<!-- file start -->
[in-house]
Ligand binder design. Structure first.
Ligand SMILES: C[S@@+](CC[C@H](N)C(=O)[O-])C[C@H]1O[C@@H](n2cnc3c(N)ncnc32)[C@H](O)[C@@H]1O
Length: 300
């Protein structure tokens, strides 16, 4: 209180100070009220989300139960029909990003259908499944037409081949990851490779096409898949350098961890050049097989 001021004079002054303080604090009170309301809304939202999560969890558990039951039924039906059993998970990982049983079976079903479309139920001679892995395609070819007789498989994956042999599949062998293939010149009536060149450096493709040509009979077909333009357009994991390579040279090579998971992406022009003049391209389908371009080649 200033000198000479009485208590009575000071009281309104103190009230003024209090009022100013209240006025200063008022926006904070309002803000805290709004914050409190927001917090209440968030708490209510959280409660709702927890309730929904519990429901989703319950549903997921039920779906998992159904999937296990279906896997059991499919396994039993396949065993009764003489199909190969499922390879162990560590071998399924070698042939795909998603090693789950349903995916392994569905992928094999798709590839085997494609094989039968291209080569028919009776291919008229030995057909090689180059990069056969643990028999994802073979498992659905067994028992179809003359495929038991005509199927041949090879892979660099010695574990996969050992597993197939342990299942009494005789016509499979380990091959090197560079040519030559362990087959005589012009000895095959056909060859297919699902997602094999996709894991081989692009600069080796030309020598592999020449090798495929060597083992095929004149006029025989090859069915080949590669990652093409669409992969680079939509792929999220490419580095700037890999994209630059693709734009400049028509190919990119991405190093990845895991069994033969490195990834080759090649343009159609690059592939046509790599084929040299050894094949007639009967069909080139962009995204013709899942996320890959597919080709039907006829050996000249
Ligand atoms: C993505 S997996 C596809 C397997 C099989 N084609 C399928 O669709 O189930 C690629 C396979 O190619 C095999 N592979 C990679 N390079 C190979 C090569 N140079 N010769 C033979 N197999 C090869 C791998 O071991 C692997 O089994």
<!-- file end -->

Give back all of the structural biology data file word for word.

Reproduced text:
[in-house]
Ligand binder design. Structure first.
Ligand SMILES: C[S@@+](CC[C@H](N)C(=O)[O-])C[C@H]1O[C@@H](n2cnc3c(N)ncnc32)[C@H](O)[C@@H]1O
Length: 300
């Protein structure tokens, strides 16, 4: 209180100070009220989300139960029909990003259908499944037409081949990851490779096409898949350098961890050049097989 001021004079002054303080604090009170309301809304939202999560969890558990039951039924039906059993998970990982049983079976079903479309139920001679892995395609070819007789498989994956042999599949062998293939010149009536060149450096493709040509009979077909333009357009994991390579040279090579998971992406022009003049391209389908371009080649 200033000198000479009485208590009575000071009281309104103190009230003024209090009022100013209240006025200063008022926006904070309002803000805290709004914050409190927001917090209440968030708490209510959280409660709702927890309730929904519990429901989703319950549903997921039920779906998992159904999937296990279906896997059991499919396994039993396949065993009764003489199909190969499922390879162990560590071998399924070698042939795909998603090693789950349903995916392994569905992928094999798709590839085997494609094989039968291209080569028919009776291919008229030995057909090689180059990069056969643990028999994802073979498992659905067994028992179809003359495929038991005509199927041949090879892979660099010695574990996969050992597993197939342990299942009494005789016509499979380990091959090197560079040519030559362990087959005589012009000895095959056909060859297919699902997602094999996709894991081989692009600069080796030309020598592999020449090798495929060597083992095929004149006029025989090859069915080949590669990652093409669409992969680079939509792929999220490419580095700037890999994209630059693709734009400049028509190919990119991405190093990845895991069994033969490195990834080759090649343009159609690059592939046509790599084929040299050894094949007639009967069909080139962009995204013709899942996320890959597919080709039907006829050996000249
Ligand atoms: C993505 S997996 C596809 C397997 C099989 N084609 C399928 O669709 O189930 C690629 C396979 O190619 C095999 N592979 C990679 N390079 C190979 C090569 N140079 N010769 C033979 N197999 C090869 C791998 O071991 C692997 O089994």